To reduce that risk for itself and for young companies, Biogen likes to get to know companies early in their—or their project’s —development. “We like to have conversations and share perspectives on the type of experiments that derive more useful data,” Brudnick said. “Young companies are trying to prove enough of a point to gain funding and take their work to the next step, so knowing what to prove and how to prove it is important. It’s disappointing for all when a young company comes to us with interesting data that, if it had been done differently, would be more actionable.”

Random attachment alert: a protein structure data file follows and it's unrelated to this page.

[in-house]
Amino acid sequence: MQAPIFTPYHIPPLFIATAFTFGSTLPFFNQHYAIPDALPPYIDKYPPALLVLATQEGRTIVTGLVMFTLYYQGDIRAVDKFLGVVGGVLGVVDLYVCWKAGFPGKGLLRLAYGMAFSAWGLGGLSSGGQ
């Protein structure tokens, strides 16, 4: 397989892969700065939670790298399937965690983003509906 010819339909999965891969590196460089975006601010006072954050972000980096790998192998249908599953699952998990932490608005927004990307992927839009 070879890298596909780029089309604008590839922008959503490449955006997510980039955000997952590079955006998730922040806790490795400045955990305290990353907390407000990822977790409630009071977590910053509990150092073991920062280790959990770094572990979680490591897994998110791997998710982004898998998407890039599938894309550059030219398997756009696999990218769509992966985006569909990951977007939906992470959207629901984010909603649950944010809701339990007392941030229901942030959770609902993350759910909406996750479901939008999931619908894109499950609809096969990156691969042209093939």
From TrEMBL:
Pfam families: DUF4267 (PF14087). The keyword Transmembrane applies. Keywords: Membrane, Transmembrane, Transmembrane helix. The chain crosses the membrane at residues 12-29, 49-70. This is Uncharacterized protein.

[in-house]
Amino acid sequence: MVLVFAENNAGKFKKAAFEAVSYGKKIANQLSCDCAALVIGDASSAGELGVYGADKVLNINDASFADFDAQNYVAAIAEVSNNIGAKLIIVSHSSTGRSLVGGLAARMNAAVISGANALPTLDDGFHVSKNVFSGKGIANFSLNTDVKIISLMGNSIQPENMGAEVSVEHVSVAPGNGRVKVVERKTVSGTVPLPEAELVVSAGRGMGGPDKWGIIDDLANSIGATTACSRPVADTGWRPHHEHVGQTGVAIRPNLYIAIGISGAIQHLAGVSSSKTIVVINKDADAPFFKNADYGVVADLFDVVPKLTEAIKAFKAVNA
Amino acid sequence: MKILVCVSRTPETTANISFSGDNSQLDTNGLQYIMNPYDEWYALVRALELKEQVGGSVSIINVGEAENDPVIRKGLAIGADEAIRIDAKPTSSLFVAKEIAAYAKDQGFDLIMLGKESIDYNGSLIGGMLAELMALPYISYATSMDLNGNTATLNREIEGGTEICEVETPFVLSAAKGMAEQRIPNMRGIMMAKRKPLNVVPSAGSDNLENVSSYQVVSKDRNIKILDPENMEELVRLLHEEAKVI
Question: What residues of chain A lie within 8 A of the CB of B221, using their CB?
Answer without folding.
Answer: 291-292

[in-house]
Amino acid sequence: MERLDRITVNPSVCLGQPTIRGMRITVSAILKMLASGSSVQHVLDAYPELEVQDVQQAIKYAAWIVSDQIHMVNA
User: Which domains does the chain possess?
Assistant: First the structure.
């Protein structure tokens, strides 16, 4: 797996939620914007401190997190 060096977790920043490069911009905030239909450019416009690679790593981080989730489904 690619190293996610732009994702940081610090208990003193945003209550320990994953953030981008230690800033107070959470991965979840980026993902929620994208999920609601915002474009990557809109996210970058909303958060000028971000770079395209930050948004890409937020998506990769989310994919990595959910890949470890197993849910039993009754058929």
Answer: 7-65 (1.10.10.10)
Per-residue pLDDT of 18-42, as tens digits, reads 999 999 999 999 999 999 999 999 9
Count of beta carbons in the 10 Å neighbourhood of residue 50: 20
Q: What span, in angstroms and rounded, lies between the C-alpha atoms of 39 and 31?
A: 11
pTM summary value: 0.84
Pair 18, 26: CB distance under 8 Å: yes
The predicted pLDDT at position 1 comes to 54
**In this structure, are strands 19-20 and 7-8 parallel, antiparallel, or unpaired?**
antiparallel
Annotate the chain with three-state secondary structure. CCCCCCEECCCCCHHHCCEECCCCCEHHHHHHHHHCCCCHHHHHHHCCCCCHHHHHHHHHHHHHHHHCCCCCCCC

Such conversations take place long before an agreement is signed, and may recur over months or even years. This helps Biogen shape the research activities—including understanding and validating the target and mechanisms of action—to better meet its research needs, thus giving its potential partner a greater chance of signing an agreement with the company.
Capital alters the conversation
Agreements with big pharma and big biotech have always been a key goal for startup companies but especially during the lean financing days between 2008 and 2012. “Now we are in one of those wonderful moments when capital is available to people with great ideas and tremendous ambitions. Great teams are able to obtain more capital, and earlier,” Brudnick said. “That’s changed the nature of the conversation with young companies, regarding their hopes and expectations of partnerships.”